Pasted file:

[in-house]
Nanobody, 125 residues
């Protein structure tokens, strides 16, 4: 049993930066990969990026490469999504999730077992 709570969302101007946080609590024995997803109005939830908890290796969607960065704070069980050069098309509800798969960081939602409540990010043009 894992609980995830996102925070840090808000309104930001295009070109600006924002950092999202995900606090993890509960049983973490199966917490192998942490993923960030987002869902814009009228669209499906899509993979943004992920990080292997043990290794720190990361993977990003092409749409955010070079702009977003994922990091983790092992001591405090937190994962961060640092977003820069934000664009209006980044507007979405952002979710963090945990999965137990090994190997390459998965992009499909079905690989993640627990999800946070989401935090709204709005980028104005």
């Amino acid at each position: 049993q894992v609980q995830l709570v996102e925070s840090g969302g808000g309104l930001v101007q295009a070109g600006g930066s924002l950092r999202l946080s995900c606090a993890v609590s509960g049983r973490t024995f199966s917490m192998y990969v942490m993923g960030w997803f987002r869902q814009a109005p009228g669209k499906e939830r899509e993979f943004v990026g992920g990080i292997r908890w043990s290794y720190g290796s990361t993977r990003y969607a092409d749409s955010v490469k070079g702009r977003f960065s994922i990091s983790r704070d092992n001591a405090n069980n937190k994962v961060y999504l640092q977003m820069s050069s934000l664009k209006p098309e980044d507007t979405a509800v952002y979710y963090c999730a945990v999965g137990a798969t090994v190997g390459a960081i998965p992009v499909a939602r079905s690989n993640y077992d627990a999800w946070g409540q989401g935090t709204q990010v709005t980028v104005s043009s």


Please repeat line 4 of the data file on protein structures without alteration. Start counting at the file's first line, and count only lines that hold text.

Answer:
């Amino acid at each position: 049993q894992v609980q995830l709570v996102e925070s840090g969302g808000g309104l930001v101007q295009a070109g600006g930066s924002l950092r999202l946080s995900c606090a993890v609590s509960g049983r973490t024995f199966s917490m192998y990969v942490m993923g960030w997803f987002r869902q814009a109005p009228g669209k499906e939830r899509e993979f943004v990026g992920g990080i292997r908890w043990s290794y720190g290796s990361t993977r990003y969607a092409d749409s955010v490469k070079g702009r977003f960065s994922i990091s983790r704070d092992n001591a405090n069980n937190k994962v961060y999504l640092q977003m820069s050069s934000l664009k209006p098309e980044d507007t979405a509800v952002y979710y963090c999730a945990v999965g137990a798969t090994v190997g390459a960081i998965p992009v499909a939602r079905s690989n993640y077992d627990a999800w946070g409540q989401g935090t709204q990010v709005t980028v104005s043009s």